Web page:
[Translation]

    We were on the verge of accepting marriage only but some details of Mr. Comartin's explanation escape me. I would like him to complete his explanation. He seems willing to do that in order to clarify his position for us.

[English]

    It's unclear.
    It's unclear because of the comment Mr. Lee made. He's looked at this a lot, but he obviously doesn't appreciate this. If you simply put in the marriage as a defence, it's not going to be just marriages that are approved. We have three jurisdictions that allow for marriage under 16--no court approval, no approval from anybody else. If one of the parties is under 16--
    Can we get a clarification on that?
    Three do not allow any under 16.
    But the two territories do allow--
    They set the minimum age at 15, and a court can issue the licence to someone under the age of 15 in the circumstances that she's pregnant. Yukon doesn't allow an exception at all to under the age of 16.
    I know Yukon doesn't.
    But over 15 is legal to get married.
    Is there a question?

[Translation]

    I would like this amendment to be split in two: the first part would be on marriage and the second part would be on common-law relationships.

[English]

    You can actually move a subamendment to remove part (c) of Mr. Comartin's amendment. Change the wording: “the accused is married to the complainant; and...”. Then it would go down to point (d).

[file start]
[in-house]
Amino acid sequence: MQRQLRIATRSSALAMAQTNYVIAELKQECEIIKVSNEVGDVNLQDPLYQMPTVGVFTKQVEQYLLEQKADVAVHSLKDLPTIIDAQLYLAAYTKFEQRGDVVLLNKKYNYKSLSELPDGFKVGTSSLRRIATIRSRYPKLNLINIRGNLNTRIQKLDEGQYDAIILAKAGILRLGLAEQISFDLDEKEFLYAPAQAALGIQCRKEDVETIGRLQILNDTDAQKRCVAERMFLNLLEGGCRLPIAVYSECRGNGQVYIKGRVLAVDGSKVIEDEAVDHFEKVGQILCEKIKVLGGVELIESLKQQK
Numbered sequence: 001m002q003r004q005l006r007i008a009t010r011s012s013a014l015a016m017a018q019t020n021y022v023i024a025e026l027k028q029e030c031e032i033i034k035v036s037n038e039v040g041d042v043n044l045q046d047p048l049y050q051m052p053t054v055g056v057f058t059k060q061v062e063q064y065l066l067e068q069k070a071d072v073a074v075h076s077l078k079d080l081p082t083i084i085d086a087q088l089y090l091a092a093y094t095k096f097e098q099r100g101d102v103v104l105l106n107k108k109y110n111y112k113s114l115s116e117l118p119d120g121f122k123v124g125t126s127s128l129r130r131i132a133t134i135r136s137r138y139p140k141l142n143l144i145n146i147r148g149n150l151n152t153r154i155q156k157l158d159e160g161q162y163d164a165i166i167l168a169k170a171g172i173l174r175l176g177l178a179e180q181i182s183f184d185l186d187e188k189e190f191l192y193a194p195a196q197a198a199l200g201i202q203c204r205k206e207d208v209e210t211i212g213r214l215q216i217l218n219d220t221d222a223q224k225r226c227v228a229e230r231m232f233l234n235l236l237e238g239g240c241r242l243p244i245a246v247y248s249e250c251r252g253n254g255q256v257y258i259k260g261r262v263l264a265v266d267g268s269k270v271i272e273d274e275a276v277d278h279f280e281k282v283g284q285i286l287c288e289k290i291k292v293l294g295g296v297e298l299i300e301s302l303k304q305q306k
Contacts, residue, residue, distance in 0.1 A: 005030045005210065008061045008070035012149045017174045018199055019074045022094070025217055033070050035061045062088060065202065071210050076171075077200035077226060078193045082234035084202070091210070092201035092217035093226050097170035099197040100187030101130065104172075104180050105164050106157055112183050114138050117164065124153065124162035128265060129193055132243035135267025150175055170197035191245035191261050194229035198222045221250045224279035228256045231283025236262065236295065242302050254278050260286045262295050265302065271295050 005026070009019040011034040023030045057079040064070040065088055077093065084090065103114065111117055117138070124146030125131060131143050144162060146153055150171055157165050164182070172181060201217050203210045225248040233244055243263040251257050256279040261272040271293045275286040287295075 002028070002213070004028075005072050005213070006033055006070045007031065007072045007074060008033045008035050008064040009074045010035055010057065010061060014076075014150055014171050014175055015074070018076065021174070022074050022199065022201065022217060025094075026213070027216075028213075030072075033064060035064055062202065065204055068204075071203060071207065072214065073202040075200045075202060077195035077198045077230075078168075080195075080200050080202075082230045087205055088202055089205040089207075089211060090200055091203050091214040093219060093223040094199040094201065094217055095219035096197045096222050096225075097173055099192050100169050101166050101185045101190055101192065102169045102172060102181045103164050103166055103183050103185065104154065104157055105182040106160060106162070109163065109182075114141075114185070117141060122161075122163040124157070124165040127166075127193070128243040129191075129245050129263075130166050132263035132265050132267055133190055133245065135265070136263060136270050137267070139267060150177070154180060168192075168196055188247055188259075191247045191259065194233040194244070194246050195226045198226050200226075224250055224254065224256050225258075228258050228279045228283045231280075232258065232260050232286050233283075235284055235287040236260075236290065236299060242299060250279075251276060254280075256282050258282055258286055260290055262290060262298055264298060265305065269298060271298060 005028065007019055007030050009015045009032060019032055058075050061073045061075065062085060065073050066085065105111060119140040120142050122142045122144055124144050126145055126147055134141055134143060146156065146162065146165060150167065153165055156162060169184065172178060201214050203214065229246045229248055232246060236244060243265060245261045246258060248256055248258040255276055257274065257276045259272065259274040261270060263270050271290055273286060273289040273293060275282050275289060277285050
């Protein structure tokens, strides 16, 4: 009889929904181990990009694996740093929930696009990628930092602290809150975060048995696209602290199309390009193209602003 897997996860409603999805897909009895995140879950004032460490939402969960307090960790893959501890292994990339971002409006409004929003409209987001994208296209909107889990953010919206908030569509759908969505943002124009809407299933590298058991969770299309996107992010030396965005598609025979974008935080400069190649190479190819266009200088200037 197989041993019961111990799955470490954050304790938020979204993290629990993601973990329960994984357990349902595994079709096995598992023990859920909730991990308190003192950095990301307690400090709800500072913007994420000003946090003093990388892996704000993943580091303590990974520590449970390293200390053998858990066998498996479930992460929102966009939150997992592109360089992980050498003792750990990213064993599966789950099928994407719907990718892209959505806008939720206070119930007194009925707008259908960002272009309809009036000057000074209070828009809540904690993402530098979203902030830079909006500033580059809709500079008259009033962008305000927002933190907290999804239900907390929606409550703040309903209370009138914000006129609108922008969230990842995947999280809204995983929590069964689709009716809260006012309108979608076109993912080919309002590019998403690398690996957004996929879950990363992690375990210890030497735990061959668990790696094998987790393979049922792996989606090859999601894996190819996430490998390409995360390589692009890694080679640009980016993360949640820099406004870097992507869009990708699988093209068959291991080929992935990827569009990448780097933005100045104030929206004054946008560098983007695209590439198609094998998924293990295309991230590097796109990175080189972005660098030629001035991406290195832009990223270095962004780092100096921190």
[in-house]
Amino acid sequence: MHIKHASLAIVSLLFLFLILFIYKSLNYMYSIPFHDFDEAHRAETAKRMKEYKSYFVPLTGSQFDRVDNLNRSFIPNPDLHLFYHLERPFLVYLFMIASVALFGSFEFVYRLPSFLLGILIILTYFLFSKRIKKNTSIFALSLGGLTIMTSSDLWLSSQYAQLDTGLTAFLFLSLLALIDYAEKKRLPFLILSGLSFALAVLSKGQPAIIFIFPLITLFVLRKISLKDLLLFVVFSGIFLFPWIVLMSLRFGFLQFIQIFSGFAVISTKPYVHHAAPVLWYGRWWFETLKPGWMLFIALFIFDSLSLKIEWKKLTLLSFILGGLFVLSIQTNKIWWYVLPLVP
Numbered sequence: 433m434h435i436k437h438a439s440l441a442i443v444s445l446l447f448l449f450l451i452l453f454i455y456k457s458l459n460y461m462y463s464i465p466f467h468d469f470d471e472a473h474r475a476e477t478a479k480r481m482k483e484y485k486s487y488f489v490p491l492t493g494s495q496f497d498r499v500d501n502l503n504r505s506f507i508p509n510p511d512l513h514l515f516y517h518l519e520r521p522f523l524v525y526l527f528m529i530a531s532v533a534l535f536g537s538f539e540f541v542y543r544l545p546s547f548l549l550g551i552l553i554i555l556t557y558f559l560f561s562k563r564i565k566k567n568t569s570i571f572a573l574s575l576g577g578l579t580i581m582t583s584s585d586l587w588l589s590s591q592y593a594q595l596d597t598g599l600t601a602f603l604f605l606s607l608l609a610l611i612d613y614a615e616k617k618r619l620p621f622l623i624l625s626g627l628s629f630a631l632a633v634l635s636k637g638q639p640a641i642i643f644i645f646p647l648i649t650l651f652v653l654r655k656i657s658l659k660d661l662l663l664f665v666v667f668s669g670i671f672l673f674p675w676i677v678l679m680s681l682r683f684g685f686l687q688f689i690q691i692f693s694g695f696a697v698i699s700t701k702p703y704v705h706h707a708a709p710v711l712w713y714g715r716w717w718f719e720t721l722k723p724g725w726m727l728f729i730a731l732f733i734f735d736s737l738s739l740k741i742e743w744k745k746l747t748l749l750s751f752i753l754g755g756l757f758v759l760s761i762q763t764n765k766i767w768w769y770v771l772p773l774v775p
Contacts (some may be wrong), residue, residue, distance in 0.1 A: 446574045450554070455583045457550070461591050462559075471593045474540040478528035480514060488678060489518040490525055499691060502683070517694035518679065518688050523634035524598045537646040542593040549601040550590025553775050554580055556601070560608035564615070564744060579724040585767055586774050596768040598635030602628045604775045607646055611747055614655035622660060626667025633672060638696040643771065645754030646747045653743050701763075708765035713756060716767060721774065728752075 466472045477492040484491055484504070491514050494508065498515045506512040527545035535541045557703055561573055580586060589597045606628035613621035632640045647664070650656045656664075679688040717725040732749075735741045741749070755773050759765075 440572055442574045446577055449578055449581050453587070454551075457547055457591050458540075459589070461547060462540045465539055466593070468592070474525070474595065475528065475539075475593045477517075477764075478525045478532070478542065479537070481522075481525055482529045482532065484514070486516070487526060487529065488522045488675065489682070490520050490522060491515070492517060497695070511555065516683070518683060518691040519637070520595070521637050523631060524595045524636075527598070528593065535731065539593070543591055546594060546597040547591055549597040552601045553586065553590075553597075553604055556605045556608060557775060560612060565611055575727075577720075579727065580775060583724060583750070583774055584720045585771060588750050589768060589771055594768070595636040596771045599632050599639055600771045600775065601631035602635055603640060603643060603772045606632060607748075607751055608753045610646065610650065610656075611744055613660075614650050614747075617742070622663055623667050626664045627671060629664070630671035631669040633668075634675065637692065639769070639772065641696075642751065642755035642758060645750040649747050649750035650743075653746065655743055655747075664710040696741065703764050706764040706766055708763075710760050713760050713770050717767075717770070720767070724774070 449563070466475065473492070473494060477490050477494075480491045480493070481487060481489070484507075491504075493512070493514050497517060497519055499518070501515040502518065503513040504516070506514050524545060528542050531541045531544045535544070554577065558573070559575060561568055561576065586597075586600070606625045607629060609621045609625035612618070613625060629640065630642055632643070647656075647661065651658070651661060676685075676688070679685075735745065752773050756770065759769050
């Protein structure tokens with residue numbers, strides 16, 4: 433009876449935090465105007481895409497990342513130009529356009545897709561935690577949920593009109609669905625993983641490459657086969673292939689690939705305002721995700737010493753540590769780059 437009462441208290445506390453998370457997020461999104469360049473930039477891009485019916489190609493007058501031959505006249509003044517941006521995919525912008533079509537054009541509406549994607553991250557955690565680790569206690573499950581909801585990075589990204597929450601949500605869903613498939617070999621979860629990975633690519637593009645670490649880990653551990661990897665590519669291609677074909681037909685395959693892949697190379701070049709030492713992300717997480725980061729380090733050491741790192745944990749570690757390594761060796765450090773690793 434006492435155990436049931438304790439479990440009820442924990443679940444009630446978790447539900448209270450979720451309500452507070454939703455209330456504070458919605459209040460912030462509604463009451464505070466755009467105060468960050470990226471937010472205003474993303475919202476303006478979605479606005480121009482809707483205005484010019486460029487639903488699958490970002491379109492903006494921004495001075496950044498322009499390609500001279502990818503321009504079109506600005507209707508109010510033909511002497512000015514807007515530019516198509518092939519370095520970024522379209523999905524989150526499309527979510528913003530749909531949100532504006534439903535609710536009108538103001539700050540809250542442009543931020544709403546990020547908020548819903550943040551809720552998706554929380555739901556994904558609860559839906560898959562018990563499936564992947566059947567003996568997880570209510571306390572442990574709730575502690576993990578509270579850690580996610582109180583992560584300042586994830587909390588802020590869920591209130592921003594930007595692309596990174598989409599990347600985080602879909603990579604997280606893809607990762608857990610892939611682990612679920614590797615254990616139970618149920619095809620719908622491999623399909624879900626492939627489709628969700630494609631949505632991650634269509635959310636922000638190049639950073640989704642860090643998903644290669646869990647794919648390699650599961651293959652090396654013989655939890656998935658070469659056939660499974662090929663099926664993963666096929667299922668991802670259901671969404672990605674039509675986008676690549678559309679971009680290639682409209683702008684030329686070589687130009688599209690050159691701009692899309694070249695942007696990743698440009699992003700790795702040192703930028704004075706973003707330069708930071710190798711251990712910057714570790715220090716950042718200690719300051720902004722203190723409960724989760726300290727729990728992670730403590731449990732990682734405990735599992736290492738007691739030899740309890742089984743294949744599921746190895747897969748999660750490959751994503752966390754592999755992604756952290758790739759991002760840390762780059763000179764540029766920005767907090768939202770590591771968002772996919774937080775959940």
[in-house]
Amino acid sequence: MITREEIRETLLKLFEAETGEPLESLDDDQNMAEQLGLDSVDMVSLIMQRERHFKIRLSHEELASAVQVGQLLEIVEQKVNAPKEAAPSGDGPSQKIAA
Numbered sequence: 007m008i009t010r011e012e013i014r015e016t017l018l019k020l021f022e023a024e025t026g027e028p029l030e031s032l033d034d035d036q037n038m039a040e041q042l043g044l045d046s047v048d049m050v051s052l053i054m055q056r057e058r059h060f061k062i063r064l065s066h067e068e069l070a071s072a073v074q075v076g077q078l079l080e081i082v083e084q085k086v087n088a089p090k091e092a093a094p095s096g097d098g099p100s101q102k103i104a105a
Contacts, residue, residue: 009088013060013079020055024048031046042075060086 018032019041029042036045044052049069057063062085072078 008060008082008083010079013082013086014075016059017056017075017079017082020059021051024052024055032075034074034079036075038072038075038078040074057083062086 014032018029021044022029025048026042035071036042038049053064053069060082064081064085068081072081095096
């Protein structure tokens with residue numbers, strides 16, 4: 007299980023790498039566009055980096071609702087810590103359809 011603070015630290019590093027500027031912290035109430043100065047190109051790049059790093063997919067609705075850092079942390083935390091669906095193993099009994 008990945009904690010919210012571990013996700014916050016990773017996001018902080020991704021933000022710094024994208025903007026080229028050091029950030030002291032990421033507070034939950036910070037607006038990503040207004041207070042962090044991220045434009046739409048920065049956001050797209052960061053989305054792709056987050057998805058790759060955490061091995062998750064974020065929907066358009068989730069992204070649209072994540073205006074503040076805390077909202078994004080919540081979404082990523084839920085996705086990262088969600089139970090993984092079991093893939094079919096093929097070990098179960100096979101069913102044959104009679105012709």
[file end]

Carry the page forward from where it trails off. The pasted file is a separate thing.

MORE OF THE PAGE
Mr. Moore.
    On that issue, I think Ms. Morency has already raised.... I think everyone around this table has been around long enough to know that we probably can't get away--and it's odd that I'm the one raising this--from the charter. But to me it's glaring that we can't have a special exemption just in that one category and exclude the other. On its face, I think it would be a violation. And it sounds funny to hear myself say that, but it makes sense that that would in fact be the case.
    Just generally speaking, I don't see why it's in the public interest that we create an exemption to what would otherwise be a criminal defence because someone either rushes to the altar or gets pregnant. I think we've taken in the transitional interest, but there is a reason why we are in agreement on raising the age of consent to 16: it is to prevent that type of exploitative relationship. I do think that would raise serious charter concerns.